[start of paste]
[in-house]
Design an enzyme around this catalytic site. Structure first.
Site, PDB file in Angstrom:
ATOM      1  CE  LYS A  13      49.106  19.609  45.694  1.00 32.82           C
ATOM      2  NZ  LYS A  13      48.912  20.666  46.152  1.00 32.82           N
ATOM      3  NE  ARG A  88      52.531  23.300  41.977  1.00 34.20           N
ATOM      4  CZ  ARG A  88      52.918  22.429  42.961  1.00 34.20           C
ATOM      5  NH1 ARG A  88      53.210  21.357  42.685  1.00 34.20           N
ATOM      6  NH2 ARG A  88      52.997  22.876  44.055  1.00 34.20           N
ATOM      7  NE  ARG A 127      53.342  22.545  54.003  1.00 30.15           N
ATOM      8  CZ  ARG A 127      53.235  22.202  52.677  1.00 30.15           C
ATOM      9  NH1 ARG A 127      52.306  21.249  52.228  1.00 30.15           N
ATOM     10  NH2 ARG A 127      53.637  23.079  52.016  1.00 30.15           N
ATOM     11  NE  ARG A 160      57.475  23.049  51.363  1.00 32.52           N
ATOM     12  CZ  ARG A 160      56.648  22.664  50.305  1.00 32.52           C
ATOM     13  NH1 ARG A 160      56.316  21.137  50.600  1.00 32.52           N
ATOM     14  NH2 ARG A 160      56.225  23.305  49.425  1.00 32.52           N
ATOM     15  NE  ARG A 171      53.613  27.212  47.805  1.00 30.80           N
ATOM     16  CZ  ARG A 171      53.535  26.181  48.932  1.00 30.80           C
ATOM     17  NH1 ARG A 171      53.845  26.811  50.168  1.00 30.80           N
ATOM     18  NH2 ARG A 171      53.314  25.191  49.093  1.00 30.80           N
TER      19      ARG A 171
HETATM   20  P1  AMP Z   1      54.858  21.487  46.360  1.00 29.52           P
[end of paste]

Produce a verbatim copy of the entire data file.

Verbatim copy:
[in-house]
Design an enzyme around this catalytic site. Structure first.
Site, PDB file in Angstrom:
ATOM      1  CE  LYS A  13      49.106  19.609  45.694  1.00 32.82           C
ATOM      2  NZ  LYS A  13      48.912  20.666  46.152  1.00 32.82           N
ATOM      3  NE  ARG A  88      52.531  23.300  41.977  1.00 34.20           N
ATOM      4  CZ  ARG A  88      52.918  22.429  42.961  1.00 34.20           C
ATOM      5  NH1 ARG A  88      53.210  21.357  42.685  1.00 34.20           N
ATOM      6  NH2 ARG A  88      52.997  22.876  44.055  1.00 34.20           N
ATOM      7  NE  ARG A 127      53.342  22.545  54.003  1.00 30.15           N
ATOM      8  CZ  ARG A 127      53.235  22.202  52.677  1.00 30.15           C
ATOM      9  NH1 ARG A 127      52.306  21.249  52.228  1.00 30.15           N
ATOM     10  NH2 ARG A 127      53.637  23.079  52.016  1.00 30.15           N
ATOM     11  NE  ARG A 160      57.475  23.049  51.363  1.00 32.52           N
ATOM     12  CZ  ARG A 160      56.648  22.664  50.305  1.00 32.52           C
ATOM     13  NH1 ARG A 160      56.316  21.137  50.600  1.00 32.52           N
ATOM     14  NH2 ARG A 160      56.225  23.305  49.425  1.00 32.52           N
ATOM     15  NE  ARG A 171      53.613  27.212  47.805  1.00 30.80           N
ATOM     16  CZ  ARG A 171      53.535  26.181  48.932  1.00 30.80           C
ATOM     17  NH1 ARG A 171      53.845  26.811  50.168  1.00 30.80           N
ATOM     18  NH2 ARG A 171      53.314  25.191  49.093  1.00 30.80           N
TER      19      ARG A 171
HETATM   20  P1  AMP Z   1      54.858  21.487  46.360  1.00 29.52           P